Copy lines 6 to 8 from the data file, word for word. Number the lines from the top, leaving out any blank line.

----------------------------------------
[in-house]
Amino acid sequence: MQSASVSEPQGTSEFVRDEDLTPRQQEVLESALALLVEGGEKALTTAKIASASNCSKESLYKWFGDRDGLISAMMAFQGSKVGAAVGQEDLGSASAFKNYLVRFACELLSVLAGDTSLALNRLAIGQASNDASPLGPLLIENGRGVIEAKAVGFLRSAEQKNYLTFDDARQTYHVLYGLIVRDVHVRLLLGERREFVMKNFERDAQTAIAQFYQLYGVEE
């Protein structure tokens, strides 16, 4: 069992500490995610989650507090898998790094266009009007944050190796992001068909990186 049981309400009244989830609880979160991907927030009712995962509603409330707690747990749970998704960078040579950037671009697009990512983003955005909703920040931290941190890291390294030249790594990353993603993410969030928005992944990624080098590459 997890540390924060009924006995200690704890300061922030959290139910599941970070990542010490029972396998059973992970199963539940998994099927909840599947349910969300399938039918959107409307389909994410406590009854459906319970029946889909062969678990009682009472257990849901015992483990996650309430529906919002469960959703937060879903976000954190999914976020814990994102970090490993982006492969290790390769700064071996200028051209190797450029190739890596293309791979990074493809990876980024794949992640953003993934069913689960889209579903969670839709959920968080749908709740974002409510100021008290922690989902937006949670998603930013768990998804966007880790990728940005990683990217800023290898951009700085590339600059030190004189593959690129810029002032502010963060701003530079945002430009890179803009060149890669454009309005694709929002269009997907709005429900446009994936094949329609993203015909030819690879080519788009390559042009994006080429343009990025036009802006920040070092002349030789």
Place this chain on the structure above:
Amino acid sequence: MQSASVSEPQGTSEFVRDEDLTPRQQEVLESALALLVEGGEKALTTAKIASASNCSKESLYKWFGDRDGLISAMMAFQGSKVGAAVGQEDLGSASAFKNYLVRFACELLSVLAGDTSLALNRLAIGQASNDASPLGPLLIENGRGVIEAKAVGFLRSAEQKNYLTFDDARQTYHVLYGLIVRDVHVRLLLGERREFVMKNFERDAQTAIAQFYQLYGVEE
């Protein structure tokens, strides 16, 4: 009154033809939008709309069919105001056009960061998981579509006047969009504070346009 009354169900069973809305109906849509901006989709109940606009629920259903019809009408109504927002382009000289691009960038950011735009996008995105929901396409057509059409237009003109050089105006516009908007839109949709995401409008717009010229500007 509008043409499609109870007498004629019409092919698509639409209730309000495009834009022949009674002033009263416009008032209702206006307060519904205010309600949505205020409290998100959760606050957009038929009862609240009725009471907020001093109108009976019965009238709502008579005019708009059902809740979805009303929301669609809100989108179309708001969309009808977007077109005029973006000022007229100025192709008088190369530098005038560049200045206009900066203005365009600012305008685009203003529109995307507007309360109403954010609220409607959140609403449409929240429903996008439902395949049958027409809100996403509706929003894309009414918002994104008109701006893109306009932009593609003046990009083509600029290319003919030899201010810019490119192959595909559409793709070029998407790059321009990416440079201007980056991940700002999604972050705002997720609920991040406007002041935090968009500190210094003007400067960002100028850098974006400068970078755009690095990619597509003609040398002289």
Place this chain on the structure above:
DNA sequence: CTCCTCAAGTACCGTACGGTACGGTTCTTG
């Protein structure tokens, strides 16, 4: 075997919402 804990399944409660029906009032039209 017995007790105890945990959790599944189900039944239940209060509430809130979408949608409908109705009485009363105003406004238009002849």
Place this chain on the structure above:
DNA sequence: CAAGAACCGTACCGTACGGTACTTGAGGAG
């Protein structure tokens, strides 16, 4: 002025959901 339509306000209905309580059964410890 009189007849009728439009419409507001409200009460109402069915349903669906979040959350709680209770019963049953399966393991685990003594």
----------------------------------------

């Protein structure tokens, strides 16, 4: 009154033809939008709309069919105001056009960061998981579509006047969009504070346009 009354169900069973809305109906849509901006989709109940606009629920259903019809009408109504927002382009000289691009960038950011735009996008995105929901396409057509059409237009003109050089105006516009908007839109949709995401409008717009010229500007 509008043409499609109870007498004629019409092919698509639409209730309000495009834009022949009674002033009263416009008032209702206006307060519904205010309600949505205020409290998100959760606050957009038929009862609240009725009471907020001093109108009976019965009238709502008579005019708009059902809740979805009303929301669609809100989108179309708001969309009808977007077109005029973006000022007229100025192709008088190369530098005038560049200045206009900066203005365009600012305008685009203003529109995307507007309360109403954010609220409607959140609403449409929240429903996008439902395949049958027409809100996403509706929003894309009414918002994104008109701006893109306009932009593609003046990009083509600029290319003919030899201010810019490119192959595909559409793709070029998407790059321009990416440079201007980056991940700002999604972050705002997720609920991040406007002041935090968009500190210094003007400067960002100028850098974006400068970078755009690095990619597509003609040398002289």
Place this chain on the structure above:
DNA sequence: CTCCTCAAGTACCGTACGGTACGGTTCTTG